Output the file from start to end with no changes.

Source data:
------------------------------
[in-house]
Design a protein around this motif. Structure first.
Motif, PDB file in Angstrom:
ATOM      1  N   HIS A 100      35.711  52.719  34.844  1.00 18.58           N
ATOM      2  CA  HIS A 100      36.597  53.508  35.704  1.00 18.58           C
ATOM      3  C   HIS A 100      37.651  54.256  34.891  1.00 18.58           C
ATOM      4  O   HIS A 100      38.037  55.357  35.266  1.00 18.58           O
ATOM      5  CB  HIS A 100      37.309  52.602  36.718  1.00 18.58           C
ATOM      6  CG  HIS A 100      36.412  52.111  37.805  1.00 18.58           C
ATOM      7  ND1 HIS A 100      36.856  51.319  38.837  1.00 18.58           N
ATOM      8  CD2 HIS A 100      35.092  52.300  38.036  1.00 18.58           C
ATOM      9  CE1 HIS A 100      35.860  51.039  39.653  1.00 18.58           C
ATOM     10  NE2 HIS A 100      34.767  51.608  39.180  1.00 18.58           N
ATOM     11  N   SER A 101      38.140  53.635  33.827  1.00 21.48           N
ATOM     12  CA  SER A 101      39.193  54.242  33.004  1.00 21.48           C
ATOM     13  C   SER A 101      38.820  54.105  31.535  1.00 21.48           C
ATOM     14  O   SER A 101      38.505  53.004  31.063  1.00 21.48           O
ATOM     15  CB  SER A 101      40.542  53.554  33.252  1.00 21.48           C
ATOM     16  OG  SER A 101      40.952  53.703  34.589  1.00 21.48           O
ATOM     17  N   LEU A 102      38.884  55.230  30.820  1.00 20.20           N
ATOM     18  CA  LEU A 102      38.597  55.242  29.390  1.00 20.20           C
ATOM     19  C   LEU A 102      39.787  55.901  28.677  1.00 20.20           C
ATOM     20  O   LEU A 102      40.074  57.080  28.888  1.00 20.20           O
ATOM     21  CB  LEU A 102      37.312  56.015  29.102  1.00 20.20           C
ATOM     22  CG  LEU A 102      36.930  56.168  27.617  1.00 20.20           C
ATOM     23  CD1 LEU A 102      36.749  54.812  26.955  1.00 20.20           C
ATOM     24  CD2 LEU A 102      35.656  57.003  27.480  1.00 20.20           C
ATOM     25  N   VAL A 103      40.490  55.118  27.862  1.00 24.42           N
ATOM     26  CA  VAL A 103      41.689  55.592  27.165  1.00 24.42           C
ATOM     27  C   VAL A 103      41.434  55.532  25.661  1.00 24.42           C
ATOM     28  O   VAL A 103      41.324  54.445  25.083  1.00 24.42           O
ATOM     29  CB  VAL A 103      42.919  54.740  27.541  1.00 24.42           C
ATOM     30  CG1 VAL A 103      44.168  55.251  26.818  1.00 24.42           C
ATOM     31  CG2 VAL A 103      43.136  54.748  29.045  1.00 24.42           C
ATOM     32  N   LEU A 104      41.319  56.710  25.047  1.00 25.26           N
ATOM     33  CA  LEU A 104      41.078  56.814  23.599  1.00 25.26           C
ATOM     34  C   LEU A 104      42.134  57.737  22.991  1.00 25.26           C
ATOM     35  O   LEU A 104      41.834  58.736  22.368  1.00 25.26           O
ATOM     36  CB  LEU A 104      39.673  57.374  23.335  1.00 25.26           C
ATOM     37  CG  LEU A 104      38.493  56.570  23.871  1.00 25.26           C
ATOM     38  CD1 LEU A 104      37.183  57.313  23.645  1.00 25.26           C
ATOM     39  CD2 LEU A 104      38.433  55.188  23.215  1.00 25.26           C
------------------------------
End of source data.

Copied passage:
[in-house]
Design a protein around this motif. Structure first.
Motif, PDB file in Angstrom:
ATOM      1  N   HIS A 100      35.711  52.719  34.844  1.00 18.58           N
ATOM      2  CA  HIS A 100      36.597  53.508  35.704  1.00 18.58           C
ATOM      3  C   HIS A 100      37.651  54.256  34.891  1.00 18.58           C
ATOM      4  O   HIS A 100      38.037  55.357  35.266  1.00 18.58           O
ATOM      5  CB  HIS A 100      37.309  52.602  36.718  1.00 18.58           C
ATOM      6  CG  HIS A 100      36.412  52.111  37.805  1.00 18.58           C
ATOM      7  ND1 HIS A 100      36.856  51.319  38.837  1.00 18.58           N
ATOM      8  CD2 HIS A 100      35.092  52.300  38.036  1.00 18.58           C
ATOM      9  CE1 HIS A 100      35.860  51.039  39.653  1.00 18.58           C
ATOM     10  NE2 HIS A 100      34.767  51.608  39.180  1.00 18.58           N
ATOM     11  N   SER A 101      38.140  53.635  33.827  1.00 21.48           N
ATOM     12  CA  SER A 101      39.193  54.242  33.004  1.00 21.48           C
ATOM     13  C   SER A 101      38.820  54.105  31.535  1.00 21.48           C
ATOM     14  O   SER A 101      38.505  53.004  31.063  1.00 21.48           O
ATOM     15  CB  SER A 101      40.542  53.554  33.252  1.00 21.48           C
ATOM     16  OG  SER A 101      40.952  53.703  34.589  1.00 21.48           O
ATOM     17  N   LEU A 102      38.884  55.230  30.820  1.00 20.20           N
ATOM     18  CA  LEU A 102      38.597  55.242  29.390  1.00 20.20           C
ATOM     19  C   LEU A 102      39.787  55.901  28.677  1.00 20.20           C
ATOM     20  O   LEU A 102      40.074  57.080  28.888  1.00 20.20           O
ATOM     21  CB  LEU A 102      37.312  56.015  29.102  1.00 20.20           C
ATOM     22  CG  LEU A 102      36.930  56.168  27.617  1.00 20.20           C
ATOM     23  CD1 LEU A 102      36.749  54.812  26.955  1.00 20.20           C
ATOM     24  CD2 LEU A 102      35.656  57.003  27.480  1.00 20.20           C
ATOM     25  N   VAL A 103      40.490  55.118  27.862  1.00 24.42           N
ATOM     26  CA  VAL A 103      41.689  55.592  27.165  1.00 24.42           C
ATOM     27  C   VAL A 103      41.434  55.532  25.661  1.00 24.42           C
ATOM     28  O   VAL A 103      41.324  54.445  25.083  1.00 24.42           O
ATOM     29  CB  VAL A 103      42.919  54.740  27.541  1.00 24.42           C
ATOM     30  CG1 VAL A 103      44.168  55.251  26.818  1.00 24.42           C
ATOM     31  CG2 VAL A 103      43.136  54.748  29.045  1.00 24.42           C
ATOM     32  N   LEU A 104      41.319  56.710  25.047  1.00 25.26           N
ATOM     33  CA  LEU A 104      41.078  56.814  23.599  1.00 25.26           C
ATOM     34  C   LEU A 104      42.134  57.737  22.991  1.00 25.26           C
ATOM     35  O   LEU A 104      41.834  58.736  22.368  1.00 25.26           O
ATOM     36  CB  LEU A 104      39.673  57.374  23.335  1.00 25.26           C
ATOM     37  CG  LEU A 104      38.493  56.570  23.871  1.00 25.26           C
ATOM     38  CD1 LEU A 104      37.183  57.313  23.645  1.00 25.26           C
ATOM     39  CD2 LEU A 104      38.433  55.188  23.215  1.00 25.26           C